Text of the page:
Damian McBride - you reap what you sow
Damian McBride stands accused of dragging British politics into the gutter, and he pleads guilty - unconditionally so. The opening words of Chapter 2 of his book Power Trip are: "I wasn't always a nasty bastard." But even being a bastard, he is aware that his actions aggravated, hurt, caused offence and took their toll on many innocent people.
And he is sorry. He is now trying to rebuild his life. Indeed, following his resignation as Gordon Brown's Special Adviser / Head of Communications, he became Business Liaison Officer at Finchley Catholic High School, and is now head of media at the Roman Catholic charity CAFOD, which works to alleviate poverty and suffering in developing countries.
This is sackcloth and ashes stuff. Right or wrong, good or bad, he is exposing wrongdoing and answering moral questions. The narrative elicited by his book - right in the middle of the Labour Party Conference - is concerned with matters of truth. He lied about so many and so much, but is now exploring an order of moral learning, surrounded by Roman Catholics in a context of charitable endeavour.
Repentance implies not only the acknowledgment of truth, but the admission of falsehood. The two are in conflict, and the moral mind distinguishes between the falsehood of one's own thoughts and actions and those which are endemic in the world. It is called taking responsibility, for we cannot repent of the falsehood of the world: we can only transform the self.
We ought not to judge too harshly that hazy line between self sacrifice and being 'caught out': it is like trying to distinguish between repentance and moral learning, or between justification and sanctification. We cannot know when Damian McBride was converted or even if he has been: but we can witness conversion and new instruction. And who has ever not had to repent while they learnt?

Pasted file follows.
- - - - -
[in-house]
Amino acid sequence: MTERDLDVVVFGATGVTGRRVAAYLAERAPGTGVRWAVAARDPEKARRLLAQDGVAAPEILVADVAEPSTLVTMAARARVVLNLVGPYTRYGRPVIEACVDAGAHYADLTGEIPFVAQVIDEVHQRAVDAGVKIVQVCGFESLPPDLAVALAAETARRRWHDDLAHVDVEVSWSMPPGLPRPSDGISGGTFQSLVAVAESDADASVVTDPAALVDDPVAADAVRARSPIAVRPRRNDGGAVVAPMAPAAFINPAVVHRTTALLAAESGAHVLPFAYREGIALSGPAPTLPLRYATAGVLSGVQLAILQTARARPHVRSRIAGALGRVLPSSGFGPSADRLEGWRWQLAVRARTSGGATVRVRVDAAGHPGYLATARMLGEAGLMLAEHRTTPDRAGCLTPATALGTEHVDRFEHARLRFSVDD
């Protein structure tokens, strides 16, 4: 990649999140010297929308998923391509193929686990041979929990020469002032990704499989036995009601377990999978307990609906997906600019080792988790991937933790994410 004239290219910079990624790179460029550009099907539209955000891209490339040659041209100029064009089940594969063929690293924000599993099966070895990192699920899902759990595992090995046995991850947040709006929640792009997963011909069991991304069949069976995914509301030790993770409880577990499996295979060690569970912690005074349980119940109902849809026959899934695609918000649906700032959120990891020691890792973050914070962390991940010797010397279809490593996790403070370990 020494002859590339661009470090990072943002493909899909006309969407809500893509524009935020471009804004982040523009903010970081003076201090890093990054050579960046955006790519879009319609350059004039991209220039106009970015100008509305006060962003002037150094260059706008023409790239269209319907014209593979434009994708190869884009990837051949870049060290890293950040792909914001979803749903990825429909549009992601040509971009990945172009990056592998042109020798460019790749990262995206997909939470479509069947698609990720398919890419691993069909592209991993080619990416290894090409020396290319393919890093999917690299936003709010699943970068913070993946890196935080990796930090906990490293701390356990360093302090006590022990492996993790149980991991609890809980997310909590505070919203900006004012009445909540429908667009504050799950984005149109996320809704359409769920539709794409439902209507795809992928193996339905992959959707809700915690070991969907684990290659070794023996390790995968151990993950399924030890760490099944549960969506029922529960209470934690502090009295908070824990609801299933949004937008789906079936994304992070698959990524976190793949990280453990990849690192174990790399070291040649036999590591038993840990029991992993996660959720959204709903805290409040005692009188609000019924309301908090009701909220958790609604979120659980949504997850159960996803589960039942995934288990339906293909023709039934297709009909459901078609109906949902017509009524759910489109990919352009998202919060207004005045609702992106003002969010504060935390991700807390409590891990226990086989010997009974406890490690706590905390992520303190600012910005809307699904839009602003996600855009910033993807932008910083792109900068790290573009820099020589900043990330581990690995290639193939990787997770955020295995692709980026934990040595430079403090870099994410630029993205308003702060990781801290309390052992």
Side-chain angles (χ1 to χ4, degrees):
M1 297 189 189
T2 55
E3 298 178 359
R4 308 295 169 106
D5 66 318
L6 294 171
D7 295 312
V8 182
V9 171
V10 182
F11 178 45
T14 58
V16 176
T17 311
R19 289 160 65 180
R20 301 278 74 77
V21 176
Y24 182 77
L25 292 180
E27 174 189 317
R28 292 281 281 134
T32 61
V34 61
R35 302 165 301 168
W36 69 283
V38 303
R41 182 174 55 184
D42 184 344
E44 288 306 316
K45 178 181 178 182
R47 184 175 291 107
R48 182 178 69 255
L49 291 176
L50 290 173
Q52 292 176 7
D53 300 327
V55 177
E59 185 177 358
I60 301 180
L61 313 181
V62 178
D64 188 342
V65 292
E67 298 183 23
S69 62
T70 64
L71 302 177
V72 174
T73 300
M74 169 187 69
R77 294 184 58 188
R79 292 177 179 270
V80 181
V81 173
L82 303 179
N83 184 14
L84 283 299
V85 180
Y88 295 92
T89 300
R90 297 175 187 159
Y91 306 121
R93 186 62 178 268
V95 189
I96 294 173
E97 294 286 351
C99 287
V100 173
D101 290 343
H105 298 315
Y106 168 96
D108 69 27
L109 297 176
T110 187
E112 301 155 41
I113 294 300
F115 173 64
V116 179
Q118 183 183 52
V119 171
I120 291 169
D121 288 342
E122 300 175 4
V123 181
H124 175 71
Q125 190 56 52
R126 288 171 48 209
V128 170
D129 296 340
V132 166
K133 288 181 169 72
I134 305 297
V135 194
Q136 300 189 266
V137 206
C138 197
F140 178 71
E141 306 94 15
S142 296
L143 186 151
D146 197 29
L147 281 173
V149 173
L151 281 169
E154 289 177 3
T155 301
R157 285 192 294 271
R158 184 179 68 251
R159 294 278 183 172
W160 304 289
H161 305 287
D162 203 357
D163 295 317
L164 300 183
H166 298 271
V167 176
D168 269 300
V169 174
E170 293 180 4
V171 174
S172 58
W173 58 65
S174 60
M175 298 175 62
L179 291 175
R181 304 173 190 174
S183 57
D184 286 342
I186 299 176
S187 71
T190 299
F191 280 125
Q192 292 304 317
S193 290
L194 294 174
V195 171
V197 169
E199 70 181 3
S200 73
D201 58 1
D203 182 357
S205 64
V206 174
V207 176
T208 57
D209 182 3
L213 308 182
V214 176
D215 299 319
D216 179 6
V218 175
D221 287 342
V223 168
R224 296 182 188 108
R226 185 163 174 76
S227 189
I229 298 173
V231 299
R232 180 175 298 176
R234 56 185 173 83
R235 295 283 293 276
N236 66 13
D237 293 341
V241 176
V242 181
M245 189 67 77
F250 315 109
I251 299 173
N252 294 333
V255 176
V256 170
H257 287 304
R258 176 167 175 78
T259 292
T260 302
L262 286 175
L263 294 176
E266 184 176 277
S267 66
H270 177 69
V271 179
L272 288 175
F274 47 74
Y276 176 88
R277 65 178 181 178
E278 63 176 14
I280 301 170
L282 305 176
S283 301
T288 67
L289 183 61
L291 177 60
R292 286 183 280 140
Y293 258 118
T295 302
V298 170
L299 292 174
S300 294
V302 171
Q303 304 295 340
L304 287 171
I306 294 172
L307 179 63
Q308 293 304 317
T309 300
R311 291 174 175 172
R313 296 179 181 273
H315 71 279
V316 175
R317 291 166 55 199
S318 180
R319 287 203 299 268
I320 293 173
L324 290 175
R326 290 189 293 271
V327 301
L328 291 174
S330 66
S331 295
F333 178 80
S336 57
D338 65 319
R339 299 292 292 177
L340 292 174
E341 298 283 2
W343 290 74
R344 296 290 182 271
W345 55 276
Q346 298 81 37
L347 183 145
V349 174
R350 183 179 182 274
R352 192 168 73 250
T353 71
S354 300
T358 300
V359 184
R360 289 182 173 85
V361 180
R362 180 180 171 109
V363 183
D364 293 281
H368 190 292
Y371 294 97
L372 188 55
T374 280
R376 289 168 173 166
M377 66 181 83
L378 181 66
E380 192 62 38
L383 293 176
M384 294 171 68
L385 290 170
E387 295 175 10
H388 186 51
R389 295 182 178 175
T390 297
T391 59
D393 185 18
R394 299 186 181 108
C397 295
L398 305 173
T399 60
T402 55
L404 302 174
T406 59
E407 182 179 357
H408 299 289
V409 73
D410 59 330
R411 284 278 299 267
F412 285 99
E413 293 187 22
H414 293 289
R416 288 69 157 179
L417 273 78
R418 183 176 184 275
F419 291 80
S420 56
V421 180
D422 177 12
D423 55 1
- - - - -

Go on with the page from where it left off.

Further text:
And when did obedience not go hand-in-hand with forgiveness?
Repentance is not the mere realignment of a will that retains a fundamental continuity with its past; it involves a moment of self-annihilation. In politics - as in much of life - you tend to reap what you sow. Those who operate in the darkness will live a life of shadows - whatever party they belong to. Sin has its own vain regrets, but those regrets become the foundation upon which the new life is built. There follows reconciliation - and the authentic Christian will focus on love over judgment, and on mercy over punishment.
Damian McBride was dead, and is alive again; he was lost, and is found.
We should rejoice.